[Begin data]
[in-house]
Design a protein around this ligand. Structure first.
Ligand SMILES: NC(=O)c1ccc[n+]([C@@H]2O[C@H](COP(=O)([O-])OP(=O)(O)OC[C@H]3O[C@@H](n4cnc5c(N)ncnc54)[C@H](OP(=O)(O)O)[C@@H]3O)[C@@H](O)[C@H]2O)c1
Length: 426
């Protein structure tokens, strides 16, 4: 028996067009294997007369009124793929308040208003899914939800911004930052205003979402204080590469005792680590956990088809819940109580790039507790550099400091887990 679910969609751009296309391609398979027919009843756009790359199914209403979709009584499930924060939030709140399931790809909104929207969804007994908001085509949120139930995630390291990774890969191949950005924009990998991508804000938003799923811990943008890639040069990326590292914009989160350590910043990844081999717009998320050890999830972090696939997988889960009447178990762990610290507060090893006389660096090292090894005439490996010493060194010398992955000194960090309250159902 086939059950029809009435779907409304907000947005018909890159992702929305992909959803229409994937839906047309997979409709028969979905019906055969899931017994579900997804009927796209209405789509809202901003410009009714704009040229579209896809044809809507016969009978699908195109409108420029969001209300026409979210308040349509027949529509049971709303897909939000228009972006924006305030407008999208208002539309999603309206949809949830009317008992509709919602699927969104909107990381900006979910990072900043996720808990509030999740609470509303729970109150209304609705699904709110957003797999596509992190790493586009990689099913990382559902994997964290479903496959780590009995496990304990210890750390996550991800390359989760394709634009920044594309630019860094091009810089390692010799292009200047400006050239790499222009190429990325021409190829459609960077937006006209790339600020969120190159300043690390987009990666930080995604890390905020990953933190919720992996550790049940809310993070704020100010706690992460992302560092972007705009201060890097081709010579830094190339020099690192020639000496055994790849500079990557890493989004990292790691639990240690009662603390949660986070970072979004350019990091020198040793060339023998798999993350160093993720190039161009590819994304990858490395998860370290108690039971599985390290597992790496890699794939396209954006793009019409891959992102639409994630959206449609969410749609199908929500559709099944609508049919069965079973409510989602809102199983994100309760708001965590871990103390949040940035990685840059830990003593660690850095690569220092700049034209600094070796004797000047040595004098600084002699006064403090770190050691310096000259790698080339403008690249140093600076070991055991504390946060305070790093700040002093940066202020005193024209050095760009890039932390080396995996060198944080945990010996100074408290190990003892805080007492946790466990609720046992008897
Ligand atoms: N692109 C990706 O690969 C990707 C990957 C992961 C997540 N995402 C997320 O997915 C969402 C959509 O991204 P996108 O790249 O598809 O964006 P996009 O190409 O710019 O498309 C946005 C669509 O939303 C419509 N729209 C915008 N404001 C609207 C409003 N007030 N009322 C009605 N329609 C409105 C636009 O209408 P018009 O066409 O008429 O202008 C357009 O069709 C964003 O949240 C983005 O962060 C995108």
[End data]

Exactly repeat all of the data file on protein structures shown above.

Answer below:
[in-house]
Design a protein around this ligand. Structure first.
Ligand SMILES: NC(=O)c1ccc[n+]([C@@H]2O[C@H](COP(=O)([O-])OP(=O)(O)OC[C@H]3O[C@@H](n4cnc5c(N)ncnc54)[C@H](OP(=O)(O)O)[C@@H]3O)[C@@H](O)[C@H]2O)c1
Length: 426
């Protein structure tokens, strides 16, 4: 028996067009294997007369009124793929308040208003899914939800911004930052205003979402204080590469005792680590956990088809819940109580790039507790550099400091887990 679910969609751009296309391609398979027919009843756009790359199914209403979709009584499930924060939030709140399931790809909104929207969804007994908001085509949120139930995630390291990774890969191949950005924009990998991508804000938003799923811990943008890639040069990326590292914009989160350590910043990844081999717009998320050890999830972090696939997988889960009447178990762990610290507060090893006389660096090292090894005439490996010493060194010398992955000194960090309250159902 086939059950029809009435779907409304907000947005018909890159992702929305992909959803229409994937839906047309997979409709028969979905019906055969899931017994579900997804009927796209209405789509809202901003410009009714704009040229579209896809044809809507016969009978699908195109409108420029969001209300026409979210308040349509027949529509049971709303897909939000228009972006924006305030407008999208208002539309999603309206949809949830009317008992509709919602699927969104909107990381900006979910990072900043996720808990509030999740609470509303729970109150209304609705699904709110957003797999596509992190790493586009990689099913990382559902994997964290479903496959780590009995496990304990210890750390996550991800390359989760394709634009920044594309630019860094091009810089390692010799292009200047400006050239790499222009190429990325021409190829459609960077937006006209790339600020969120190159300043690390987009990666930080995604890390905020990953933190919720992996550790049940809310993070704020100010706690992460992302560092972007705009201060890097081709010579830094190339020099690192020639000496055994790849500079990557890493989004990292790691639990240690009662603390949660986070970072979004350019990091020198040793060339023998798999993350160093993720190039161009590819994304990858490395998860370290108690039971599985390290597992790496890699794939396209954006793009019409891959992102639409994630959206449609969410749609199908929500559709099944609508049919069965079973409510989602809102199983994100309760708001965590871990103390949040940035990685840059830990003593660690850095690569220092700049034209600094070796004797000047040595004098600084002699006064403090770190050691310096000259790698080339403008690249140093600076070991055991504390946060305070790093700040002093940066202020005193024209050095760009890039932390080396995996060198944080945990010996100074408290190990003892805080007492946790466990609720046992008897
Ligand atoms: N692109 C990706 O690969 C990707 C990957 C992961 C997540 N995402 C997320 O997915 C969402 C959509 O991204 P996108 O790249 O598809 O964006 P996009 O190409 O710019 O498309 C946005 C669509 O939303 C419509 N729209 C915008 N404001 C609207 C409003 N007030 N009322 C009605 N329609 C409105 C636009 O209408 P018009 O066409 O008429 O202008 C357009 O069709 C964003 O949240 C983005 O962060 C995108």